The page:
Links to good discussions of the Calif Supreme Court decision

Cliff Thier talks about the far-reaching implications of the Court’s (and the government’s) “fundamental rights” language.

The WSJ’s editors take on the election ramifications of the decision — a bit of unexpected, and undeserved, good luck for Republicans in a terribly managed campaign season.

As was to be expected, National Review quickly put together a whole catalog of articles about the ruling, with thoughts from the editors themselves, William Duncan, Maggie Gallagher, and Ed Whelan.

All of the above articles on the subject make clear that the case is a bit of judicial legerdemain, creating entirely new rights where none existed before, so as to bypass the troglodytes who troop regularly to the voting booths.  Marvin Baxter, a dissenting associate justice, sums up in a nutshell everything that is wrong with the Court’s opinion (and this holds true whether or not one agrees with the Court’s outcome):

“Nothing in our Constitution, express or implicit, compels the majority’s startling conclusion that the age-old understanding of marriage — an understanding recently confirmed by an initiative law — is no longer valid. California statutes already recognize same-sex unions and grant them all the substantive legal rights this state can bestow. If there is to be a further sea change in the social and legal understanding of marriage itself, that evolution should occur by similar democratic means.” (Emphasis mine.)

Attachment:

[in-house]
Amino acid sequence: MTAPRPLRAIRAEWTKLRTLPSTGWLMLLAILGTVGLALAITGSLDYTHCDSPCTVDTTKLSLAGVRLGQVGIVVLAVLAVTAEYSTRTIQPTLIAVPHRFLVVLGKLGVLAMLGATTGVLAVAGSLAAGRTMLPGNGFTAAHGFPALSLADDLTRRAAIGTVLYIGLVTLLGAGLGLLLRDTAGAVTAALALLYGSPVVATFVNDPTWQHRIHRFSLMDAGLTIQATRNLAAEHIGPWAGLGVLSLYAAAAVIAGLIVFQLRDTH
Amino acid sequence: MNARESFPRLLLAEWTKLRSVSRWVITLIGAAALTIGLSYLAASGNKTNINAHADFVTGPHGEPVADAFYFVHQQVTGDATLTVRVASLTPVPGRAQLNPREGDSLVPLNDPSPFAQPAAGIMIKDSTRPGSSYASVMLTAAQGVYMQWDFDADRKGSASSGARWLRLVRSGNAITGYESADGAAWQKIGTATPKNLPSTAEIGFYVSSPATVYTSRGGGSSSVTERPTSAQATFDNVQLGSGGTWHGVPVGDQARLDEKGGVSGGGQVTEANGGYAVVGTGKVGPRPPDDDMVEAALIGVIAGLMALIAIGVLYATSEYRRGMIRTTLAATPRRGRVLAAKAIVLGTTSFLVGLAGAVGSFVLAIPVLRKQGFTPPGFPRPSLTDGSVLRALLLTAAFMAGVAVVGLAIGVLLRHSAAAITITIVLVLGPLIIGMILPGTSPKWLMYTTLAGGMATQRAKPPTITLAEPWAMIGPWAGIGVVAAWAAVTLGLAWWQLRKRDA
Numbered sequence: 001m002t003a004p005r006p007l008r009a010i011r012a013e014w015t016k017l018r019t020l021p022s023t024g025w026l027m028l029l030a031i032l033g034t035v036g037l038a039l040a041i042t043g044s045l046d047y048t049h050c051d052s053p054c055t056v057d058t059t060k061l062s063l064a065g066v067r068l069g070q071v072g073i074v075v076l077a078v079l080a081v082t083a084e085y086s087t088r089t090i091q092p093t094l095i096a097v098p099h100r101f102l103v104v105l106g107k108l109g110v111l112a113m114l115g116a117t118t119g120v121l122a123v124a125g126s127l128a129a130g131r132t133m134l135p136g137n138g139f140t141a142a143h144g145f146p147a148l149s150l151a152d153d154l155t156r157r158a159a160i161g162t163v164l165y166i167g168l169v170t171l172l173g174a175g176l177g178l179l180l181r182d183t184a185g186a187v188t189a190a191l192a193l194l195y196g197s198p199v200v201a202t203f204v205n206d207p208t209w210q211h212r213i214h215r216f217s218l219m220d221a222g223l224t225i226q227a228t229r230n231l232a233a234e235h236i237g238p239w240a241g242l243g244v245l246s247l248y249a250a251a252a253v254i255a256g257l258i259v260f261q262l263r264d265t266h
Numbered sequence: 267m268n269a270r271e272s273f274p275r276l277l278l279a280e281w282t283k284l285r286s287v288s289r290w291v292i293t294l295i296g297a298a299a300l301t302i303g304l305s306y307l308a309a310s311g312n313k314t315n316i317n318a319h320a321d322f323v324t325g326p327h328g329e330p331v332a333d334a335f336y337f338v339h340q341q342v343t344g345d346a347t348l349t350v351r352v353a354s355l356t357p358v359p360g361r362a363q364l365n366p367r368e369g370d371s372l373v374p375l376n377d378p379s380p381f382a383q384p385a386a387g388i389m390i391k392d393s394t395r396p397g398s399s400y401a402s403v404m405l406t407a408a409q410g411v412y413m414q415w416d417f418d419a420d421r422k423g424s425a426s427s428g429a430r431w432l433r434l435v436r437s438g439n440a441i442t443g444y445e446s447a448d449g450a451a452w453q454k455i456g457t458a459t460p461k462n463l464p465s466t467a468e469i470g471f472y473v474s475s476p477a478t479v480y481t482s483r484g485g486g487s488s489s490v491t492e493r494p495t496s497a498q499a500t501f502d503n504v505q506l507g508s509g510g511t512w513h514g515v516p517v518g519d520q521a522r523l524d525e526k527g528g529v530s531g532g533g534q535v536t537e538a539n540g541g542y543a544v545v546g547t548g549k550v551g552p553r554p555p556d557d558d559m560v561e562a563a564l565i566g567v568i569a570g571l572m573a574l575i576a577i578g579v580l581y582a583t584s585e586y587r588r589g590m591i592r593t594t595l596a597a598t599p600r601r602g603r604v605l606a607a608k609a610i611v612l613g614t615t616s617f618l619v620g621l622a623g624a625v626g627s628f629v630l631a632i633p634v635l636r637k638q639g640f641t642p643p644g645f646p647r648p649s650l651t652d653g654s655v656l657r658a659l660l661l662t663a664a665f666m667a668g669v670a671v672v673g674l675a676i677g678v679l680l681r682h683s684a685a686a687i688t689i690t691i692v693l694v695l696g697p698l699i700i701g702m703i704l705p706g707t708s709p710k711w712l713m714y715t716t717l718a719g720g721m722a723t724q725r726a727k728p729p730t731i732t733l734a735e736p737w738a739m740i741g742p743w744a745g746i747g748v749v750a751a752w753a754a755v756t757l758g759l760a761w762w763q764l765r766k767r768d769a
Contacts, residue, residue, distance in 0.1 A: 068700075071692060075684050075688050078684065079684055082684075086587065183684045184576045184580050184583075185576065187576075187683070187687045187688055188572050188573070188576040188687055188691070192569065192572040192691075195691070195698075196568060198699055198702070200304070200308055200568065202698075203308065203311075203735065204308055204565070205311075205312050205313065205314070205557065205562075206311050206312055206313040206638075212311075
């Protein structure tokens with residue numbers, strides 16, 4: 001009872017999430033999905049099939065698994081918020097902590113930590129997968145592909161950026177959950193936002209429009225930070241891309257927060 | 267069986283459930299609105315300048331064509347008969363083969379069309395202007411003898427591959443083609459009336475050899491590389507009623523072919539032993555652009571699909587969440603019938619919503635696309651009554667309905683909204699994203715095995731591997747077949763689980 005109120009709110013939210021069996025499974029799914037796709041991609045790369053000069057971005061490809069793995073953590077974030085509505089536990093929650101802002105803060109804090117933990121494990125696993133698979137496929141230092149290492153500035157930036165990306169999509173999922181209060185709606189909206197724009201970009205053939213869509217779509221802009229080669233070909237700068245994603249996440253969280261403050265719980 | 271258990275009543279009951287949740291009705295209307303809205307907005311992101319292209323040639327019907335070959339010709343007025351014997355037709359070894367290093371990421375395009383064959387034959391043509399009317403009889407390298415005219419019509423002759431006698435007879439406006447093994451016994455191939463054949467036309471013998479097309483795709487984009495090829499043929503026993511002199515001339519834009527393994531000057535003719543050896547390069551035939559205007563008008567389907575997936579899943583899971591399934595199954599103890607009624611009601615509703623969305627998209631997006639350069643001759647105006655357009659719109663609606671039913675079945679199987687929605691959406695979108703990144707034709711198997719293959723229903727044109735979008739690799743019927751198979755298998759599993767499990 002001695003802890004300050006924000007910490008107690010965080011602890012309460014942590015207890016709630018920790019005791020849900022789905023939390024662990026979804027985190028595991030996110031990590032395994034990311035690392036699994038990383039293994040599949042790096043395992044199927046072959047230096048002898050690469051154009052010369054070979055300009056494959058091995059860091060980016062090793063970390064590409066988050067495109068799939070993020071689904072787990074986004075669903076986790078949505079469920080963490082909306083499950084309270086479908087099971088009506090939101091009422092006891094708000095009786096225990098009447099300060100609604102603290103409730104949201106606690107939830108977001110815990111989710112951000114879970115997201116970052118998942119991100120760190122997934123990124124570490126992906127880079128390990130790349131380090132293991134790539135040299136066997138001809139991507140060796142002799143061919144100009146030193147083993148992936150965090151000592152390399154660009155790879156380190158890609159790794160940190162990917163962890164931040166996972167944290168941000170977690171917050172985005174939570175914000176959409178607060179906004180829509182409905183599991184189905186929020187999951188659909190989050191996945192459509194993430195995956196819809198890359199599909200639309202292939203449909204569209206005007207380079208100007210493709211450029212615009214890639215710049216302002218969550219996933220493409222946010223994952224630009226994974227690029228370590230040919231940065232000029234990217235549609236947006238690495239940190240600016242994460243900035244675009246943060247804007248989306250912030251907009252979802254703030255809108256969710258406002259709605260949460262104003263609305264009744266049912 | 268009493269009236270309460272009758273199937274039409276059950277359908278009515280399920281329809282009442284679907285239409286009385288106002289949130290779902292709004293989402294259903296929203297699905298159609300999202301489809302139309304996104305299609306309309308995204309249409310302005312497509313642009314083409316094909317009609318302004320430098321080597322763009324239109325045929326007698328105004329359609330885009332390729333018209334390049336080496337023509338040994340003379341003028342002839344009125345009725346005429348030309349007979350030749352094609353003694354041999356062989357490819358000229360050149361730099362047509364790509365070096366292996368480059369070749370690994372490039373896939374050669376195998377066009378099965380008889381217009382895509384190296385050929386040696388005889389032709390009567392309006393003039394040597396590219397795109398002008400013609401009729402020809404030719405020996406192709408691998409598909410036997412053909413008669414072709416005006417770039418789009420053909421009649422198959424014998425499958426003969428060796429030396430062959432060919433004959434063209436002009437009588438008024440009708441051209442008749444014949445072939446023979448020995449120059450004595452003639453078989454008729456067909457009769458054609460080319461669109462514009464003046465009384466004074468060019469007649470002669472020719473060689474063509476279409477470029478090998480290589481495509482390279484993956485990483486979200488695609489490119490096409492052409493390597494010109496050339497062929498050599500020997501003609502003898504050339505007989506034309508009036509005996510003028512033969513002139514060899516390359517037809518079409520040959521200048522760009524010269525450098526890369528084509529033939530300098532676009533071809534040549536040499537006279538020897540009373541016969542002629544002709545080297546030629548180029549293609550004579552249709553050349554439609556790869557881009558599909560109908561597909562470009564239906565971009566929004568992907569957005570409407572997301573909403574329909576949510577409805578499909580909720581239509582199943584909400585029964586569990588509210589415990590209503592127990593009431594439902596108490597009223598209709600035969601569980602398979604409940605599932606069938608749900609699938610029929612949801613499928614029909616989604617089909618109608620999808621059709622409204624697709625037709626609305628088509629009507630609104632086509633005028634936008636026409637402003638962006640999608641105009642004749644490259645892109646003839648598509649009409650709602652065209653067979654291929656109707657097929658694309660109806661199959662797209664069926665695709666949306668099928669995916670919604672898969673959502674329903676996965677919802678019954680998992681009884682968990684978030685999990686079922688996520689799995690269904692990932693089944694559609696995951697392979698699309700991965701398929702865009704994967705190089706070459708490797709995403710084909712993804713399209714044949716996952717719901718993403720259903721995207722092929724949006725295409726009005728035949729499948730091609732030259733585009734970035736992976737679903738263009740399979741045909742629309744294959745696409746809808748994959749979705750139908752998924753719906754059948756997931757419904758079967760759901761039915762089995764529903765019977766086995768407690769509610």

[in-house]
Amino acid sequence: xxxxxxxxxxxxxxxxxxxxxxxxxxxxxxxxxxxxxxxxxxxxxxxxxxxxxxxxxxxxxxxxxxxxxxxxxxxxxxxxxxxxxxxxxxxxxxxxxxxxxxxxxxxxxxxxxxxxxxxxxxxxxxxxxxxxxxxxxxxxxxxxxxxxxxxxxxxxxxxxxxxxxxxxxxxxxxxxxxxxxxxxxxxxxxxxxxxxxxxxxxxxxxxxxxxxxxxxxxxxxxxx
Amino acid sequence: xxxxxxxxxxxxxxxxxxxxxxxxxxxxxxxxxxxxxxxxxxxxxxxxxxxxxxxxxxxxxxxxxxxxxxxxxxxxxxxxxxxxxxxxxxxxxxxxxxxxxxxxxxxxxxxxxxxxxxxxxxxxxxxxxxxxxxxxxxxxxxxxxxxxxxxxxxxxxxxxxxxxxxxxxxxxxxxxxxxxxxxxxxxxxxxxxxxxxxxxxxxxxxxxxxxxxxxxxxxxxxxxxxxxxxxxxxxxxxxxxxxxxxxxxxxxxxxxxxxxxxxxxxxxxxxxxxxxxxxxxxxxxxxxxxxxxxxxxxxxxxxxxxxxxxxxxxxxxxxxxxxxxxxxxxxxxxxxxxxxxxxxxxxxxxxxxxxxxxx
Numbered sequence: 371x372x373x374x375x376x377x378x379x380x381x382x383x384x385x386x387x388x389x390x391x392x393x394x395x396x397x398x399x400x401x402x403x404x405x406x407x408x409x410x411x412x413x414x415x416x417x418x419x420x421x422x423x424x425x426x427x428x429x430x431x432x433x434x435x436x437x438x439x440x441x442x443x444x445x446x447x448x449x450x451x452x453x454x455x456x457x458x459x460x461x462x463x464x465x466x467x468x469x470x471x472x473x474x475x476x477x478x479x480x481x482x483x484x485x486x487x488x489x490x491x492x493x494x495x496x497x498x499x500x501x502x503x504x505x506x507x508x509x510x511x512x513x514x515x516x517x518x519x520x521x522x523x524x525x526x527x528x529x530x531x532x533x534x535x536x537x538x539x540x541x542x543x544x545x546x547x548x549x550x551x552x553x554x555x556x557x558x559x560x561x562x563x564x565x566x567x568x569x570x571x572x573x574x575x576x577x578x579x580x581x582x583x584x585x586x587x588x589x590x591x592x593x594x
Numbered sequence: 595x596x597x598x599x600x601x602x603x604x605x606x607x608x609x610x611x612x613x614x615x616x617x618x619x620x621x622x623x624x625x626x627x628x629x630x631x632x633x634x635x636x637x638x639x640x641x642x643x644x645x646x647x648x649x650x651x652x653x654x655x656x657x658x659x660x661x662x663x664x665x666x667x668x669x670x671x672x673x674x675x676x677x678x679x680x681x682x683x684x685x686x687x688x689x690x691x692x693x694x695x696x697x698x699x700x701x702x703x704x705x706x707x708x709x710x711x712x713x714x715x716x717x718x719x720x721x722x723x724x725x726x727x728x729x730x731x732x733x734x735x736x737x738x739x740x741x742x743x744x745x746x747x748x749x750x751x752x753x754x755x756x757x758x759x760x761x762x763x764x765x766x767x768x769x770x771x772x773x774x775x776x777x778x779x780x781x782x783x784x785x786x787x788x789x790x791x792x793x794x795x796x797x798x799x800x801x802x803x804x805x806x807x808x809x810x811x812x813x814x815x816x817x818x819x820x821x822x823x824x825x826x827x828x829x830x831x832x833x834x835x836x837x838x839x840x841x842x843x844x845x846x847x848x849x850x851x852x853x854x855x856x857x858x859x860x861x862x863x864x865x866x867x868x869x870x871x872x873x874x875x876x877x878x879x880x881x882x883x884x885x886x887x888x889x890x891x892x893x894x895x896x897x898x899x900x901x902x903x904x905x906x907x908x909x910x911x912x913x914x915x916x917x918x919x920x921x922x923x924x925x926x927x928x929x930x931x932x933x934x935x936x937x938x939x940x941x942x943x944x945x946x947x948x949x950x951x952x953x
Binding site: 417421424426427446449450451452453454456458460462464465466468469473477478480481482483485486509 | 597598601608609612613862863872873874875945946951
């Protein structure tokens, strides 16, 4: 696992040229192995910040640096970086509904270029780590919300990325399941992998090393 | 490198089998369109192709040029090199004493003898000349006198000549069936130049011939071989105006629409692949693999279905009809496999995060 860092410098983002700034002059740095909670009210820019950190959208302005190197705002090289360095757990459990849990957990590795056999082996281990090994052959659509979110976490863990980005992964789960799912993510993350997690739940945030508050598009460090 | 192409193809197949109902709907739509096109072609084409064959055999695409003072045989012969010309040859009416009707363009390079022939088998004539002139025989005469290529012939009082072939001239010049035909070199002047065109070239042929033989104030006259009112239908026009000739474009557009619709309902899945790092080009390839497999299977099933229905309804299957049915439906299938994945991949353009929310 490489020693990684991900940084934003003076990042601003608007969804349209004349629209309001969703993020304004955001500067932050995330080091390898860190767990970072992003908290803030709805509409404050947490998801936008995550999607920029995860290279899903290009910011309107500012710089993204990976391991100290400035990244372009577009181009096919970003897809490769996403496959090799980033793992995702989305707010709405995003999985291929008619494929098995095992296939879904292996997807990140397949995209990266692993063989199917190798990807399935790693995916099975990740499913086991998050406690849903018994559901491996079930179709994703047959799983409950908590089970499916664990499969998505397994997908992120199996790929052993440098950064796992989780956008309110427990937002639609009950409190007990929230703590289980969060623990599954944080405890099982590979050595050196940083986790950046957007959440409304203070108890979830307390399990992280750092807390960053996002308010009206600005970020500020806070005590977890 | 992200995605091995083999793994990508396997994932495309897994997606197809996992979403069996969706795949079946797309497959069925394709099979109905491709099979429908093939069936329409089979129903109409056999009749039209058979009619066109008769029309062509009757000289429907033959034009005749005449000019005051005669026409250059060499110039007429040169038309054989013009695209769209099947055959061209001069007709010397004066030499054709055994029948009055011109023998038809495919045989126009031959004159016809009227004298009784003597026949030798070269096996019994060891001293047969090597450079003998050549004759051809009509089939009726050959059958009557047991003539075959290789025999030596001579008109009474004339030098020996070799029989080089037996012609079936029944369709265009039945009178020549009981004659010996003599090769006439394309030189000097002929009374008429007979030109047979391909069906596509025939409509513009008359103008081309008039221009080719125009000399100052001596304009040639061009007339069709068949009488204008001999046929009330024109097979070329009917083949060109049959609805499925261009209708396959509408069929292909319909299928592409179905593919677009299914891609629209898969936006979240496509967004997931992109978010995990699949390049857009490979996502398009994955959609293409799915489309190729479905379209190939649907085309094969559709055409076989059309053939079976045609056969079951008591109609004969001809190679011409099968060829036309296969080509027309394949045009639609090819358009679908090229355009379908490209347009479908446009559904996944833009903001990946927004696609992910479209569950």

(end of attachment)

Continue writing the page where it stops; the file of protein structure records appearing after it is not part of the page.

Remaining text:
Hate John McCain as much as you like — and he’s doing his dangerous maverick thing again which deserves condemnation — but if you want to try to keep more activist judges from getting on the US Supreme Court, gamble on him. I can guarantee you that, no matter how “mavericky” McCain gets, a President Obama, working with a Democratic Senate, will put on the Supreme Court justices who will make your head spin.